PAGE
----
Service music

The Introit, two hymns, and three cantatas for Jubilate Sunday

The Introit for the third Sunday after Easter is from Psalm 66, which begins “O be joyful in God, all ye lands.” The first words of this Introit in Latin are Jubilate Deo, so this Sunday has traditionally been known as Jubilate Sunday.

This Sunday is known as “Jubilate Sunday,” because the first word in the Introit (when sung in Latin) is Jubilate, “Be joyful.” (By the way, if you’re explaining this to your kids, remember that the initial “J” in the word is silent.) The persistent presence of alleluias reminds us that we are still in Eastertide.

One Introit

O be joyful in God, all ye lands, alleluia: sing praises unto the honor of his Name, alleluia: make his praise to be glorious, alleluia, alleluia, alleluia. Say unto God, O how wonderful art thou in thy works, O Lord: through the greatness of thy power. Glory be to the Father and to the Son and to the Holy Ghost, as it was in the beginning and ever shall be, world without end. Amen.

Here is the Introit for today, sung by the men of our choir:

Two Hymns

Our opening hymn in the Jubilate Sunday service last year was “Alleluia! Alleluia! Hearts and voices.” The hymn’s frequent “Alleluias” again remind us that we are still in the Easter season. The hymn was written by Christopher Wordsworth (1807-1885), the bishop of Lincoln, the nephew of the poet William Wordsworth, and the most celebrated Greek scholar of his day. In 1862, he published a collection of his verse in The Holy Year, or, Hymns for Sundays and Holy Days throughout the Year. This hymn was one of the two Easter hymns in that collection. The tune used in our Hymnal — LUX EOI — is by Arthur S. Sullivan (1842-1900) and was originally written for the Advent hymn, “Hark! a thrilling voice is sounding” (#9).

Here is an exuberant rendition of this hymn by organist Paul Leddington Wright, with the Saint Michael’s Singers who sing three of the five stanzas that are in our Hymnal (#92)

If you would like to sing this hymn at home, here is a more subdued rendering, with all but one of the stanzas from our Hymnal displayed in the video. (This recording is provided by the Royal Society of Church Music, which has responded to the quarantining of many worshipers by providing a Hymn of the Day.)

In 2018, our Jubilate Sunday service ended with the singing of “Jesus, Lover of my soul,” about which you may learn more (and hear) here.

Three cantatas

The Gospel reading for this Sunday juxtaposes the ultimate joy of believers with their provisional experience of sorrow. In the Upper Room discourse in St. John 16 is included this prediction by Jesus: “Verily, verily, I say unto you, that ye shall weep and lament, but the world shall rejoice: and ye shall be sorrowful, but your sorrow shall be turned into joy” (St. John 16:20).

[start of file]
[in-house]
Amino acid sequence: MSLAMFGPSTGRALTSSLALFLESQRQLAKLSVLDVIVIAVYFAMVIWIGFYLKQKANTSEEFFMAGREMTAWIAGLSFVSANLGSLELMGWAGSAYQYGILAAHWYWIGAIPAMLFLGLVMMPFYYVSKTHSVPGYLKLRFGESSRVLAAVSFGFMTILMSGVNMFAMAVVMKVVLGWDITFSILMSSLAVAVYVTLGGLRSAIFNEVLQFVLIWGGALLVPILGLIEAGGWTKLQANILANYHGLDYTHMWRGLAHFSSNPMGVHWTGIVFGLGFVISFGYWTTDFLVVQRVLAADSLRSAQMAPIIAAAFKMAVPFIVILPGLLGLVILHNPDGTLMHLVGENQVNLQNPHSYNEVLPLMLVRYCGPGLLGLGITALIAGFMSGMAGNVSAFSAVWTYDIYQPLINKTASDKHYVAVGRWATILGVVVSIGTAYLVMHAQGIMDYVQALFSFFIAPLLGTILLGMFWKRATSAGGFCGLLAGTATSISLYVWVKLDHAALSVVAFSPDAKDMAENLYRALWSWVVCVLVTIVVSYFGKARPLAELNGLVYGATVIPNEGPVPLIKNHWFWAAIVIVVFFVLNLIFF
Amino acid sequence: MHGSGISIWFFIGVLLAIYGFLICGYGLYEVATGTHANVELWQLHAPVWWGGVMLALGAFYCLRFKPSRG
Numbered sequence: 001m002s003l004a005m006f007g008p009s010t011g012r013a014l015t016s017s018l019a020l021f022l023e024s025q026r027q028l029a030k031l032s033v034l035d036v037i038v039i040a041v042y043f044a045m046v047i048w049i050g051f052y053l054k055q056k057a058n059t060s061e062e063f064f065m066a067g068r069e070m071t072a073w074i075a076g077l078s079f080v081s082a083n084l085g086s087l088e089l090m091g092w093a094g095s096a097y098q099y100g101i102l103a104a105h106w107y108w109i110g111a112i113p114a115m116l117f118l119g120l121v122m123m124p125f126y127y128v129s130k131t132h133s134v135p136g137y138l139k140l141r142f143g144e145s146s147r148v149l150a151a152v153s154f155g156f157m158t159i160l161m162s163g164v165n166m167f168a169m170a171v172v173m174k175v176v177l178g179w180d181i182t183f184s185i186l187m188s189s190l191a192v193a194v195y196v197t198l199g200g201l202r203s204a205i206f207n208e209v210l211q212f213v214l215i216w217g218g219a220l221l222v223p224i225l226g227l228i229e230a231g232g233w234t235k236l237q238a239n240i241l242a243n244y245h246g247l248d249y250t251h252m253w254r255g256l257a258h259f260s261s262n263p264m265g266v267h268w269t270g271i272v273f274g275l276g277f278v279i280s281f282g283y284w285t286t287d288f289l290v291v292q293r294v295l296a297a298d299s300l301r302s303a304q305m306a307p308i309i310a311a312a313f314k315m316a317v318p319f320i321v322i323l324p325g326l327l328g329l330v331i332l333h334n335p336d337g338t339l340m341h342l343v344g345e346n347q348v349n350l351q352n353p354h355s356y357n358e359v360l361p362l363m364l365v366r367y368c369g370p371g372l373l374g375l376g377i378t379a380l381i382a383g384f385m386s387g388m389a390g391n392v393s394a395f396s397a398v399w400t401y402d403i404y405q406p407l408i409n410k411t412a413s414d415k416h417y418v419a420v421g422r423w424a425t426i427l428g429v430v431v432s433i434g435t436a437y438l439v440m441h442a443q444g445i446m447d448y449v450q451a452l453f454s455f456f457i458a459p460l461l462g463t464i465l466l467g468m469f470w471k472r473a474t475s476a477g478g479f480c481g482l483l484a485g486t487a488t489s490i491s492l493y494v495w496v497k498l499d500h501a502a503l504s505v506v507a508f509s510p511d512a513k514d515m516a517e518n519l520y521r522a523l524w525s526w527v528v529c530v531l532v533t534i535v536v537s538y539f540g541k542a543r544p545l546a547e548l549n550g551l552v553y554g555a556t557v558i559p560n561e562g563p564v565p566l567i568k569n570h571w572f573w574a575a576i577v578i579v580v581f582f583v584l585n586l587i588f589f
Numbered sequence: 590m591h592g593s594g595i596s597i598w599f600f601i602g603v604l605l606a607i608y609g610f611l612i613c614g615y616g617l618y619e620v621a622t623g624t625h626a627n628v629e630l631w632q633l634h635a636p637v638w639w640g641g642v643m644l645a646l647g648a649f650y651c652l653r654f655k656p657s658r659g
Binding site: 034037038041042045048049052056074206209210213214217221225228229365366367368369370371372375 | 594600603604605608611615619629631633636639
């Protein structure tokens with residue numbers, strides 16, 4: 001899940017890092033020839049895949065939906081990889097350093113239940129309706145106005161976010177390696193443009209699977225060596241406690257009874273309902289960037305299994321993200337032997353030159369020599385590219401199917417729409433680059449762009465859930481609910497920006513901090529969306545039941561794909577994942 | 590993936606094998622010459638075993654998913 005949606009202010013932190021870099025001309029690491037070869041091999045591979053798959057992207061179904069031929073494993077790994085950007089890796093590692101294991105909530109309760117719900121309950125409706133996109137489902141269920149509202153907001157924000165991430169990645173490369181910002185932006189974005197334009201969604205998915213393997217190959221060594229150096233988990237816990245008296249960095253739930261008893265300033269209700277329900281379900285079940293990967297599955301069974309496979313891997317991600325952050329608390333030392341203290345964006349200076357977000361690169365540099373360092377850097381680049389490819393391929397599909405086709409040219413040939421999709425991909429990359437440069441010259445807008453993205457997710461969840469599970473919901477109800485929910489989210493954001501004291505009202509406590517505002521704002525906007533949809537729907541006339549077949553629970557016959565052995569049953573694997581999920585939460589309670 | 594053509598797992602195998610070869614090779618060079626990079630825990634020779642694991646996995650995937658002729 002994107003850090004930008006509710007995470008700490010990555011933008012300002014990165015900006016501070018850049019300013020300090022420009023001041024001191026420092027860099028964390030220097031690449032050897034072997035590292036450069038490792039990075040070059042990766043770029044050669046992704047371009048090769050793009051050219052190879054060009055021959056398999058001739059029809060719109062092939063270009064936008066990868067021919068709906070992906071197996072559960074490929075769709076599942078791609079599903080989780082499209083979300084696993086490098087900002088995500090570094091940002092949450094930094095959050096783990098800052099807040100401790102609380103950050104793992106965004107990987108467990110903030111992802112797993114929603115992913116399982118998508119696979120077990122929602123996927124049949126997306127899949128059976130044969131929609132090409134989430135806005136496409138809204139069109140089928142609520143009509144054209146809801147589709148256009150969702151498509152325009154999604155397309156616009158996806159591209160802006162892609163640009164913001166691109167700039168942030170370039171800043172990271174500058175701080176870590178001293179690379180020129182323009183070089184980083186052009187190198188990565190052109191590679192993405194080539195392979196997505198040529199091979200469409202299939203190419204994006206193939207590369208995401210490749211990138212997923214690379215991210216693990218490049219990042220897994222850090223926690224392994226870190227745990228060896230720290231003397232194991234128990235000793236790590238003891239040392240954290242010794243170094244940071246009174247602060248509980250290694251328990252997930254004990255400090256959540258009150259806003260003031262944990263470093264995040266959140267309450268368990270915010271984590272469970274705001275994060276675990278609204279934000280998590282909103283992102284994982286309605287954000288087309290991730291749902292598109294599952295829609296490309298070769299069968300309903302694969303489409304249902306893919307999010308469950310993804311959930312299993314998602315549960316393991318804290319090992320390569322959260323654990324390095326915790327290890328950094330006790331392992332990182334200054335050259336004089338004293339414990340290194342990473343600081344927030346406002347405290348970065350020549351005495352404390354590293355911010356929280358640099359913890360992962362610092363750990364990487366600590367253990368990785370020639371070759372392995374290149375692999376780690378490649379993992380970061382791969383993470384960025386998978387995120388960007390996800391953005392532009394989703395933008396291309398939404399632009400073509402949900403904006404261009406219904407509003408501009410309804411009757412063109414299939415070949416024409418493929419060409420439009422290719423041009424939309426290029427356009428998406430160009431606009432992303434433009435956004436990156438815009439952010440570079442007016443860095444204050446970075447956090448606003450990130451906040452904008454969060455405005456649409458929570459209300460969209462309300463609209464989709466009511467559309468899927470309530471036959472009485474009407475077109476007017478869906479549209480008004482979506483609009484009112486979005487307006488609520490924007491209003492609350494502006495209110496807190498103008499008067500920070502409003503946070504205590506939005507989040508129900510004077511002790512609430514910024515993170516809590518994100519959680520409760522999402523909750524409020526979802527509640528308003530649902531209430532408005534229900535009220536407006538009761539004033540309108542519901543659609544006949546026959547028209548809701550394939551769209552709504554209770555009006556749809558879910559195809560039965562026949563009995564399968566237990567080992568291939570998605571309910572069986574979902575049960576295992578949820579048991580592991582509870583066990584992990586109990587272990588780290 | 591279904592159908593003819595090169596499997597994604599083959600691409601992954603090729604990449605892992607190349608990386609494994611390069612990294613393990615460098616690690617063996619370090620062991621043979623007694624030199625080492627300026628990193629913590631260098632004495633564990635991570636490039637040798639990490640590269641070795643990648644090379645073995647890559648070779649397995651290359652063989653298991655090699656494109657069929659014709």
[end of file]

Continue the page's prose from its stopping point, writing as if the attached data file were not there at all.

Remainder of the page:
Johann Sebastian Bach wrote three cantatas for use on the third Sunday after Easter. Each of them focuses on the theme of sorrow being turned — eventually, not always immediately — to joy. Bach seems eager in these works to warn believers not to be surprised if they are not experiencing joy 24/7 right now.

The first of these cantatas was composed in 1714. Bach’s Cantata BWV 12 makes the experience of sorrow dramatically clear in its opening words: Weinen, Klagen, Sorgen, Zagen (Weeping, lamenting, worrying, fearing). You may read more about this moving work here, here, and here. The complete text is available here.

Below is a performance of Weinen, Klagen, Sorgen, Zagen sung by Vox Luminis.

In 1725, Bach composed another cantata (BWV 103) based on the implications of Jesus’ warning and promise. Ihr werdet weinen und heulen (You will weep and howl) is similarly dramatic in its musical portrayal of the anxiety often experienced by believers; just listen to the wrenching, writhing melodic line sung in the opening chorus. But joy gets the last word (you need to listen all the way to the end!)

The text for the cantata is here. A brief introduction to the work is here, and a more intricate analysis is here.

The cantata is performed here by the Amsterdam Baroque Orchestra & Choir, conducted by Ton Koopman. The soloists are Bogna Bartosz, alto; Jörg Dürmüller, tenor; and Klaus Mertens, bass.

In 1726, Bach wrote yet another cantata for use on Jubilate Sunday (BWV 146). Following a long instrumental Sinfonia movement, the somber opening chorus tells us: “We must enter the Kingdom of God through much sorrow (in German, Wir müssen durch viel Trübsal in das Reich Gottes eingehen).

The complete text is here. Commentaries are here and here. The cantata is performed here by the Netherlands Bach Society, conducted by Jos van Veldhoven. The soloists are Maria Keohane, soprano; Maarten Engeltjes, alto; Benjamin Hulett, tenor; and Christian Immler, bass.